II. Among the Helvetii, Orgetorix was by far the most distinguished and wealthy. He, when Marcus Messala and Marcus Piso were consuls, incited by lust of sovereignty, formed a conspiracy among the nobility, and persuaded the people to go forth from their territories with all their possessions, [saying] that it would be very easy, since they excelled all in valour, to acquire the supremacy of the whole of Gaul. To this he the more easily persuaded them, because the Helvetii are confined on every side by the nature of their situation; on one side by the Rhine, a very broad and deep river, which separates the Helvetian territory from the Germans; on a second side by the Jura, a very high mountain which is [situated] between the Sequani and the Helvetii; on a third by the Lake of Geneva, and by the river Rhone, which separates our Province from the Helvetii.

From these circumstances it resulted that they could range less widely, and could less easily make war upon their neighbours; for which reason men fond of war [as they were] were affected with great regret. They thought, that considering the extent of their population, and their renown for warfare and bravery, they had but narrow limits, although they extended in length 240, and in breadth 180 [Roman] miles. --This text refers to an alternate Paperback edition.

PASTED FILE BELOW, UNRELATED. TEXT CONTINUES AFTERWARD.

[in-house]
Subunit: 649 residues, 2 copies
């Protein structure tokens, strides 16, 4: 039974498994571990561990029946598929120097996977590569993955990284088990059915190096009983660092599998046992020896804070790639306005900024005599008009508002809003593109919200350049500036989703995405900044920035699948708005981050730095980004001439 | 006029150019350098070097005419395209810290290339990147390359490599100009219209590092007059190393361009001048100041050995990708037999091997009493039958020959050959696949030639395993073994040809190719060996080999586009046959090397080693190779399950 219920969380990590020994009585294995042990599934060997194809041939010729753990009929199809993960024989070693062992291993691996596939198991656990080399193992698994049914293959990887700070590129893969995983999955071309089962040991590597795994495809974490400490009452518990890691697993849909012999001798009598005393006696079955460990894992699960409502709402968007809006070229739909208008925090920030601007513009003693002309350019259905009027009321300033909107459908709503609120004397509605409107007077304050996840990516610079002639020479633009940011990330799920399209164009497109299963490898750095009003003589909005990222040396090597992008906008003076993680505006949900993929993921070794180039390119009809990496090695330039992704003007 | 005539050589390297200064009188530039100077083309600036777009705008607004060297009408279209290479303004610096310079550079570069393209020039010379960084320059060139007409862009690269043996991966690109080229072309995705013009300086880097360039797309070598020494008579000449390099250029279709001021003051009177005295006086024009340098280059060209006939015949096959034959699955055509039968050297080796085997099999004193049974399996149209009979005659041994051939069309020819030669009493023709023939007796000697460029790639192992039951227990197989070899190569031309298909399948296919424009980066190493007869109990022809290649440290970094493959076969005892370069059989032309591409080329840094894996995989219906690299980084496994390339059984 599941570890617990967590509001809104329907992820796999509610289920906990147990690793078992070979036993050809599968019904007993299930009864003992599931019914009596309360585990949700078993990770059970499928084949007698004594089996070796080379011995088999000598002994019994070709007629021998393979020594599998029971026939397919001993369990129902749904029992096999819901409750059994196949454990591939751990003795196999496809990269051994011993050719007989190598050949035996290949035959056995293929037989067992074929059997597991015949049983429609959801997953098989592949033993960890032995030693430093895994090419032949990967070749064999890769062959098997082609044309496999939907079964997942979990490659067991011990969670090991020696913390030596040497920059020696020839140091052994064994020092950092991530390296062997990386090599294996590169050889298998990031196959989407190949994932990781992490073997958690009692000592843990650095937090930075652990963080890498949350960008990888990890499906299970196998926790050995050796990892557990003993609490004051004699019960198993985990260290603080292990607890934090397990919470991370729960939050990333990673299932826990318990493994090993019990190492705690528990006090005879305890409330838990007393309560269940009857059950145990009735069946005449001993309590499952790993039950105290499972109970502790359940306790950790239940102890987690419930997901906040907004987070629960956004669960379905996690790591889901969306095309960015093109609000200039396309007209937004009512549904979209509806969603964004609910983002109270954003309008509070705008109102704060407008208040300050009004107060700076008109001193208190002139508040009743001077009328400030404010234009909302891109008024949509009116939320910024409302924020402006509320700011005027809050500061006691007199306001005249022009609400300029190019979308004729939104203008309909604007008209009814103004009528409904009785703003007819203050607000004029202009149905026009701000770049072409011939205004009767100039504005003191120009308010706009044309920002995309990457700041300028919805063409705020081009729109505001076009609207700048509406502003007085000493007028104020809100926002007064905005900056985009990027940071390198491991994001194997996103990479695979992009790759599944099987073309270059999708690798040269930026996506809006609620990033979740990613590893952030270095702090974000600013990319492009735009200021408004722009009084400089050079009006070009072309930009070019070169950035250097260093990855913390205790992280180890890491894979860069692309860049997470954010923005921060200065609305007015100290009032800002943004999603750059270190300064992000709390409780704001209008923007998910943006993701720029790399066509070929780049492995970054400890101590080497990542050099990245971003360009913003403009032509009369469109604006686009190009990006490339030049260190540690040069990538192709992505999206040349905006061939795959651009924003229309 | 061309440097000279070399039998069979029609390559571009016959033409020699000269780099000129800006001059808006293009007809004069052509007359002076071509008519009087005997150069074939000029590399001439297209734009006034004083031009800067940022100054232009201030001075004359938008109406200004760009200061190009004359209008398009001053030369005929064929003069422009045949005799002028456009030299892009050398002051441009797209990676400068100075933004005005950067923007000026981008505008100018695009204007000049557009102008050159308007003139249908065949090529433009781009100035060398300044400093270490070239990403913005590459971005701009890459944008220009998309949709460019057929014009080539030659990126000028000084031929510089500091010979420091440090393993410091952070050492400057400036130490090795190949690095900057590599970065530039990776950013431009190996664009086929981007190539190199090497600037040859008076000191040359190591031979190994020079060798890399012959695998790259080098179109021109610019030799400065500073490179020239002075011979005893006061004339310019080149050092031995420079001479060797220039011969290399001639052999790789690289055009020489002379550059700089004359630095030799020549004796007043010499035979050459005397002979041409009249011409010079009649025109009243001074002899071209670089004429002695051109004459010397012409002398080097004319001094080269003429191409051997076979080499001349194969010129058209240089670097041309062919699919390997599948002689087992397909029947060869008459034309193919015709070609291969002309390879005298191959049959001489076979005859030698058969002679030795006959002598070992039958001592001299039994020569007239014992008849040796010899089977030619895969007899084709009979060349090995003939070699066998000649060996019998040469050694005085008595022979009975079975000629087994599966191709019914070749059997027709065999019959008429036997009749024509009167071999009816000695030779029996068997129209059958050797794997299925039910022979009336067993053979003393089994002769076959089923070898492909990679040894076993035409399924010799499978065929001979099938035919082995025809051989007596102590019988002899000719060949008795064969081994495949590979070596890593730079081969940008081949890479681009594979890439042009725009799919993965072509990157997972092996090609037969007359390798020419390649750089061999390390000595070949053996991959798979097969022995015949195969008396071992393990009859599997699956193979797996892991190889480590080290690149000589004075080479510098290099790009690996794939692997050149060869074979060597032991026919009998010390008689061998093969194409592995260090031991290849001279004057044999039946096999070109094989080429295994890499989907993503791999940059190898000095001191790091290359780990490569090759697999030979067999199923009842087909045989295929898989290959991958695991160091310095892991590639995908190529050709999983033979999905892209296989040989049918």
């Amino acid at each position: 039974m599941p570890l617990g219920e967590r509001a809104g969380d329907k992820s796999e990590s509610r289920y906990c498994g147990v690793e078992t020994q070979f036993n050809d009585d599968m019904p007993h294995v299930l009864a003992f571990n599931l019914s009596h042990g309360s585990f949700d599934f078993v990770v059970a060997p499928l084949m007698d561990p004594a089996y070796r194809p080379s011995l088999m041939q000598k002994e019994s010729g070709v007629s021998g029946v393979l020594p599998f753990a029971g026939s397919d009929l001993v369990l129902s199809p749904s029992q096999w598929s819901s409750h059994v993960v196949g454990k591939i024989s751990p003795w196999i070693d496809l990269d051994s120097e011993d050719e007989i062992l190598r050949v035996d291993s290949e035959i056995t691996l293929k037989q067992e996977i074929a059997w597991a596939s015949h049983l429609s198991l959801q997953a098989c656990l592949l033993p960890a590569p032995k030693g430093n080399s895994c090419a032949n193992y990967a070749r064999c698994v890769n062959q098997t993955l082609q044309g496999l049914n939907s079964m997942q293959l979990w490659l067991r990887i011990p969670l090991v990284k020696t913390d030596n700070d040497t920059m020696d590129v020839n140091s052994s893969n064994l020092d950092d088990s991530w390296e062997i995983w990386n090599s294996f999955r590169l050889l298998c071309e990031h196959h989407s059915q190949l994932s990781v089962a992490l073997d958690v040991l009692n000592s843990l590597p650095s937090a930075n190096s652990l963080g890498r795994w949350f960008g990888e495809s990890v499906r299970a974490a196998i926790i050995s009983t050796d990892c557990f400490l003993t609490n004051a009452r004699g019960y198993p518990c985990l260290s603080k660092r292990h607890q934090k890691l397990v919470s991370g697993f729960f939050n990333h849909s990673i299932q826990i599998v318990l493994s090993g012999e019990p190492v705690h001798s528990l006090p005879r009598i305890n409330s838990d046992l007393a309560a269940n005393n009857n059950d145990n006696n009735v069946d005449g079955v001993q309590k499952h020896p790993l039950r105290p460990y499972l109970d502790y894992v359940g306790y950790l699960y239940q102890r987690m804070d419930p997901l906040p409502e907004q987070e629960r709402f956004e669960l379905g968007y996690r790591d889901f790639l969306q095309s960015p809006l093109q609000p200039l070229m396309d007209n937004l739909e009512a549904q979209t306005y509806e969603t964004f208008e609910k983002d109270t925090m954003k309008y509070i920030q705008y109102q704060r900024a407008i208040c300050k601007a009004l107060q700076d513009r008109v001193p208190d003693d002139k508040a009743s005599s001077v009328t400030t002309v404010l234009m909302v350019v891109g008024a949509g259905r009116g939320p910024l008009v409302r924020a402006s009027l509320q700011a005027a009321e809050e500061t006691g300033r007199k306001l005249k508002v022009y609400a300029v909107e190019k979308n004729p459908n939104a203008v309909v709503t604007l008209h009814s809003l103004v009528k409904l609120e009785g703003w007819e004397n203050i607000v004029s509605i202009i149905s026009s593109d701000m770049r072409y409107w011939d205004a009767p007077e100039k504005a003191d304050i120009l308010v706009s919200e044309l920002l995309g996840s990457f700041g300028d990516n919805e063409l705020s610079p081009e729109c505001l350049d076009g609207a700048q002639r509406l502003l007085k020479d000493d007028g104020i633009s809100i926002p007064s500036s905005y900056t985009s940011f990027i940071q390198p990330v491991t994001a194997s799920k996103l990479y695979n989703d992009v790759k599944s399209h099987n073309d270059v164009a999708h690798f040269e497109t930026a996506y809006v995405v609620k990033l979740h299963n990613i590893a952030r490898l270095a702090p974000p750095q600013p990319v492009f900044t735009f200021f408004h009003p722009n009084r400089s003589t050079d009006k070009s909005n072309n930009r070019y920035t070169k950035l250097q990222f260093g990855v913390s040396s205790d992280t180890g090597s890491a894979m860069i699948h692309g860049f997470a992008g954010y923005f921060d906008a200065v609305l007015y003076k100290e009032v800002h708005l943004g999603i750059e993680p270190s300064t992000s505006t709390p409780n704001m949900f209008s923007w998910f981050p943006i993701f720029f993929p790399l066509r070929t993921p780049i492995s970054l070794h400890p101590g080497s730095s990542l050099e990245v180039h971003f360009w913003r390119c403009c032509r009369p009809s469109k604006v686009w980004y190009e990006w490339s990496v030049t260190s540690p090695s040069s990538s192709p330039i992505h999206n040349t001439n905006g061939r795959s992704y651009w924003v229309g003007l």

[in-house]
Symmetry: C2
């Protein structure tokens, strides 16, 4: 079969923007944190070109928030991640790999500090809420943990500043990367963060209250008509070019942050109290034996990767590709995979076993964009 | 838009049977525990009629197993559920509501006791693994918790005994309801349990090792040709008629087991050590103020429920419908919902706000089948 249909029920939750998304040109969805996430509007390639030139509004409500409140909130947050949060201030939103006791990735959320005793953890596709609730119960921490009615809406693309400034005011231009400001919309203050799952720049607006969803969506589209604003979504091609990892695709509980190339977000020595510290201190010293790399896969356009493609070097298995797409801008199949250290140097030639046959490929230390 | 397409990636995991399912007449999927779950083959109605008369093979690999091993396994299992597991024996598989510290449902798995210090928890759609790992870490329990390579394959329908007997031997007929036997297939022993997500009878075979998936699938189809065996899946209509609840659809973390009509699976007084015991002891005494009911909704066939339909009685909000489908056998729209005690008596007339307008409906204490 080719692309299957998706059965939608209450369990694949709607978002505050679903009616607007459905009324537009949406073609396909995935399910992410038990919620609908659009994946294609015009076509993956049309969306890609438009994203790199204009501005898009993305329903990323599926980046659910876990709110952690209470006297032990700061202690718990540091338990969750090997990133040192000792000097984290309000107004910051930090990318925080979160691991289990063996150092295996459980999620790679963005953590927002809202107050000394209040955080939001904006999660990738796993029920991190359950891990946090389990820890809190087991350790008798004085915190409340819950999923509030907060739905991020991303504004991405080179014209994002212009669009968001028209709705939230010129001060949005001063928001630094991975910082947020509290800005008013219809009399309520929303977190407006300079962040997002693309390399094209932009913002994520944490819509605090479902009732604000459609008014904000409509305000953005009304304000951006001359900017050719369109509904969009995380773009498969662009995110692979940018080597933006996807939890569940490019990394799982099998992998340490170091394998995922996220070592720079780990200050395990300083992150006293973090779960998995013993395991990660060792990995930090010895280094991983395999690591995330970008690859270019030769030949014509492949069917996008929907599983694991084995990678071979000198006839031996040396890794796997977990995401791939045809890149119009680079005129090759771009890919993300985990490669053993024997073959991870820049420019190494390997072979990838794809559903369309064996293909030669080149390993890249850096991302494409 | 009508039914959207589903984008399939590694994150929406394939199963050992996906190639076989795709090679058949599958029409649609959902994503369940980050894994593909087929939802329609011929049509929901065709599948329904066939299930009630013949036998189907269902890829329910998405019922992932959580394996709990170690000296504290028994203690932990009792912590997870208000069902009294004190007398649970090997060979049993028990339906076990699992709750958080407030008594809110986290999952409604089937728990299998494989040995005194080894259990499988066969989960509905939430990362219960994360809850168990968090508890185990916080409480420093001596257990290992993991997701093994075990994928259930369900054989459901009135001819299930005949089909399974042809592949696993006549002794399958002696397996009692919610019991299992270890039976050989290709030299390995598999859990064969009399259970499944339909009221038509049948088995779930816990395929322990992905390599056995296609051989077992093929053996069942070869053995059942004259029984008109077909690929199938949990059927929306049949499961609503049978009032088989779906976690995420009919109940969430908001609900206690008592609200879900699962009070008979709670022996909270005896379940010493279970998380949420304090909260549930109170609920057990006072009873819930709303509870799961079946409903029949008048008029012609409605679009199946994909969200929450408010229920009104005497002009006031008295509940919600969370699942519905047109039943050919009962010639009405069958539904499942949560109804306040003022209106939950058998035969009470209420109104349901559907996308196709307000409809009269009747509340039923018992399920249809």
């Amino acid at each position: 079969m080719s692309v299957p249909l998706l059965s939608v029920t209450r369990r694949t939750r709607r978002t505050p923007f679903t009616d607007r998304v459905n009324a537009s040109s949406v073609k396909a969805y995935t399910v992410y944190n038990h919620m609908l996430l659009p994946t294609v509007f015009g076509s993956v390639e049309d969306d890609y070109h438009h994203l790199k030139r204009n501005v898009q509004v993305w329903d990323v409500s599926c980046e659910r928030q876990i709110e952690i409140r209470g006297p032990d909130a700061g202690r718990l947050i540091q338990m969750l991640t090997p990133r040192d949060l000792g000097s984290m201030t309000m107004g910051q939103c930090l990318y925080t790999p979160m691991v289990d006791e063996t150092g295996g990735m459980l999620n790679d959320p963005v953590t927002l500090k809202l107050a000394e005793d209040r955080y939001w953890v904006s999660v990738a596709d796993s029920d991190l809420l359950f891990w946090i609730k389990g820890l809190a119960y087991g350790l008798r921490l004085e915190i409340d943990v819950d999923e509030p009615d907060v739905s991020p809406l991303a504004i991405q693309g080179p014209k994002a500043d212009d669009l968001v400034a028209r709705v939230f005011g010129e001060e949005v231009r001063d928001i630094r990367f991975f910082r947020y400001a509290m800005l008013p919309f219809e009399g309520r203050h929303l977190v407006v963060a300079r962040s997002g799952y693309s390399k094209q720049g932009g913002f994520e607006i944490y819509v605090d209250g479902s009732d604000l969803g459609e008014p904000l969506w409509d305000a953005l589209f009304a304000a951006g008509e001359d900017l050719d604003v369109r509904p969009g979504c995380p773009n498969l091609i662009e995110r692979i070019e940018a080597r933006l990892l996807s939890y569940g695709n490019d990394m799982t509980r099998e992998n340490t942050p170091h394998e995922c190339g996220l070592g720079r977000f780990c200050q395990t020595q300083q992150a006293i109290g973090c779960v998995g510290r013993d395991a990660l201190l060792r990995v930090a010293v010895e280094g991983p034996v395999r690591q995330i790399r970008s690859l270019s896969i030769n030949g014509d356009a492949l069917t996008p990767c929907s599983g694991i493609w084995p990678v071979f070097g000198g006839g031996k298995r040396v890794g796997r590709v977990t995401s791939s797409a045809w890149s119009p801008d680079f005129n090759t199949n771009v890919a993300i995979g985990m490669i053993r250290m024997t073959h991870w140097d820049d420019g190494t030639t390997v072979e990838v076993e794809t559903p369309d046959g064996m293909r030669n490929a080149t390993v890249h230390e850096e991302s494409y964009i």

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Product Details

  • Paperback: 462 pages
  • Publisher: Nabu Press (January 1, 2010)
  • Language: Latin
  • ISBN-10: 1141948443
  • ISBN-13: 978-1141948444
  • Product Dimensions: 7.4 x 0.9 x 9.7 inches
  • Shipping Weight: 1.8 pounds (View shipping rates and policies)
  • Average Customer Review: 3.9 out of 5 stars  See all reviews (13 customer reviews)
  • Amazon Best Sellers Rank: #5,493,053 in Books (See Top 100 in Books)

Customer Reviews

Top Customer Reviews

By Jane on December 26, 2005
Format: Paperback Verified Purchase
I purchased this as a gift and found this to be the better edition currently available. Initially I purhcased the Kessinger Publishing Edition. I found the print in that edition to be very muddy and the overall presetation not as clean (huge margins which crowded the text). This edition is clean and easy to read.